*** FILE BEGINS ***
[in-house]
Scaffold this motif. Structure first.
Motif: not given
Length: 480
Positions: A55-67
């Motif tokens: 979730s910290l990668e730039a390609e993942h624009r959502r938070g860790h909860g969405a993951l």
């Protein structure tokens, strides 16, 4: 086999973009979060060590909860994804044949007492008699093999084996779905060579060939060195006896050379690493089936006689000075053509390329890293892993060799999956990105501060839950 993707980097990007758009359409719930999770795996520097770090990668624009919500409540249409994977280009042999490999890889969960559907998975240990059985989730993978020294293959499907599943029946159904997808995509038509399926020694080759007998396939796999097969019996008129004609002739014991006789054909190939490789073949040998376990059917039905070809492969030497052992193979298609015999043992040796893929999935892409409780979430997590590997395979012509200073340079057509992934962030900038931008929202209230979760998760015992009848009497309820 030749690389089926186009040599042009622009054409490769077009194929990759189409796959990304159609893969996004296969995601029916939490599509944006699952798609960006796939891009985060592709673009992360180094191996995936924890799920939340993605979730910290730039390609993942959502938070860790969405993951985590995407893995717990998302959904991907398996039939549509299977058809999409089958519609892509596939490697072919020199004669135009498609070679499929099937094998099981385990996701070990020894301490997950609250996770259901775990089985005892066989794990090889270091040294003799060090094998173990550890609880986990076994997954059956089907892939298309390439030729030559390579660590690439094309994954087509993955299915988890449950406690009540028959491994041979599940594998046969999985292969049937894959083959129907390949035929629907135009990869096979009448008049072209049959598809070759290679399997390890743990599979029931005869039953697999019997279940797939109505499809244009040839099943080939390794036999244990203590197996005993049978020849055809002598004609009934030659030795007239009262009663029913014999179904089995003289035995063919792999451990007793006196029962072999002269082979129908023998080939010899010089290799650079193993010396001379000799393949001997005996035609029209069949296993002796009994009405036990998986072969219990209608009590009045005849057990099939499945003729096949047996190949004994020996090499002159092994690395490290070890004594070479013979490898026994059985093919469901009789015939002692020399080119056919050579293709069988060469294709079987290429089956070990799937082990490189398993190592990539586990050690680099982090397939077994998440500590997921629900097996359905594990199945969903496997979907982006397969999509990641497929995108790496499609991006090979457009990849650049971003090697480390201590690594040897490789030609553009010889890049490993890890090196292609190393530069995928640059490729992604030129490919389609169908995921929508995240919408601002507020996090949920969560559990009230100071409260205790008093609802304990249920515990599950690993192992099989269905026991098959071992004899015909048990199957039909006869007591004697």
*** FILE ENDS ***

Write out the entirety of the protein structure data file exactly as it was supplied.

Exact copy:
[in-house]
Scaffold this motif. Structure first.
Motif: not given
Length: 480
Positions: A55-67
């Motif tokens: 979730s910290l990668e730039a390609e993942h624009r959502r938070g860790h909860g969405a993951l």
């Protein structure tokens, strides 16, 4: 086999973009979060060590909860994804044949007492008699093999084996779905060579060939060195006896050379690493089936006689000075053509390329890293892993060799999956990105501060839950 993707980097990007758009359409719930999770795996520097770090990668624009919500409540249409994977280009042999490999890889969960559907998975240990059985989730993978020294293959499907599943029946159904997808995509038509399926020694080759007998396939796999097969019996008129004609002739014991006789054909190939490789073949040998376990059917039905070809492969030497052992193979298609015999043992040796893929999935892409409780979430997590590997395979012509200073340079057509992934962030900038931008929202209230979760998760015992009848009497309820 030749690389089926186009040599042009622009054409490769077009194929990759189409796959990304159609893969996004296969995601029916939490599509944006699952798609960006796939891009985060592709673009992360180094191996995936924890799920939340993605979730910290730039390609993942959502938070860790969405993951985590995407893995717990998302959904991907398996039939549509299977058809999409089958519609892509596939490697072919020199004669135009498609070679499929099937094998099981385990996701070990020894301490997950609250996770259901775990089985005892066989794990090889270091040294003799060090094998173990550890609880986990076994997954059956089907892939298309390439030729030559390579660590690439094309994954087509993955299915988890449950406690009540028959491994041979599940594998046969999985292969049937894959083959129907390949035929629907135009990869096979009448008049072209049959598809070759290679399997390890743990599979029931005869039953697999019997279940797939109505499809244009040839099943080939390794036999244990203590197996005993049978020849055809002598004609009934030659030795007239009262009663029913014999179904089995003289035995063919792999451990007793006196029962072999002269082979129908023998080939010899010089290799650079193993010396001379000799393949001997005996035609029209069949296993002796009994009405036990998986072969219990209608009590009045005849057990099939499945003729096949047996190949004994020996090499002159092994690395490290070890004594070479013979490898026994059985093919469901009789015939002692020399080119056919050579293709069988060469294709079987290429089956070990799937082990490189398993190592990539586990050690680099982090397939077994998440500590997921629900097996359905594990199945969903496997979907982006397969999509990641497929995108790496499609991006090979457009990849650049971003090697480390201590690594040897490789030609553009010889890049490993890890090196292609190393530069995928640059490729992604030129490919389609169908995921929508995240919408601002507020996090949920969560559990009230100071409260205790008093609802304990249920515990599950690993192992099989269905026991098959071992004899015909048990199957039909006869007591004697």